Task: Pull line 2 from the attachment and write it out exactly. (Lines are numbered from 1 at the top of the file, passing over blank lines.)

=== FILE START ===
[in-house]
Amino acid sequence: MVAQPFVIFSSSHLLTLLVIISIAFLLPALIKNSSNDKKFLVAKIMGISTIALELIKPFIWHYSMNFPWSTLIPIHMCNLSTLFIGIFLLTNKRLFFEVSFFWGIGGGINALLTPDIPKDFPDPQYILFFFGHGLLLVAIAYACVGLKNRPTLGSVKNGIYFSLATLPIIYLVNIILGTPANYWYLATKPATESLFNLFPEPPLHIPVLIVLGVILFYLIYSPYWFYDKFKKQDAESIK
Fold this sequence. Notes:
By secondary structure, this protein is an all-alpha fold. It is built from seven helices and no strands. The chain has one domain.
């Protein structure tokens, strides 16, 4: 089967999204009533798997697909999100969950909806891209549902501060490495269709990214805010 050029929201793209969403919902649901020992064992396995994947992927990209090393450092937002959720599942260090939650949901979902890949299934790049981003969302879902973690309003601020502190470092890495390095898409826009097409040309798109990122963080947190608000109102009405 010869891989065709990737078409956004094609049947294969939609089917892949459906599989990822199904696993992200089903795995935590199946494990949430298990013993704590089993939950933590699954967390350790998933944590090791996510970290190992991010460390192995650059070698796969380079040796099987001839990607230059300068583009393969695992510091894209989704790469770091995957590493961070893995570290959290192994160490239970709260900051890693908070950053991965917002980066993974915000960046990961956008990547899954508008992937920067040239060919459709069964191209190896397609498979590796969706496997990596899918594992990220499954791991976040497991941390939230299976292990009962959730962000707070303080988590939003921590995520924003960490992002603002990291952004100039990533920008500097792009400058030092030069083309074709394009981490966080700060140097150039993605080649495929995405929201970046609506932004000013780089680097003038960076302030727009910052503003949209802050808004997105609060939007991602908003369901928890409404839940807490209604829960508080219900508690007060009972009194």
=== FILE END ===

Amino acid sequence: MVAQPFVIFSSSHLLTLLVIISIAFLLPALIKNSSNDKKFLVAKIMGISTIALELIKPFIWHYSMNFPWSTLIPIHMCNLSTLFIGIFLLTNKRLFFEVSFFWGIGGGINALLTPDIPKDFPDPQYILFFFGHGLLLVAIAYACVGLKNRPTLGSVKNGIYFSLATLPIIYLVNIILGTPANYWYLATKPATESLFNLFPEPPLHIPVLIVLGVILFYLIYSPYWFYDKFKKQDAESIK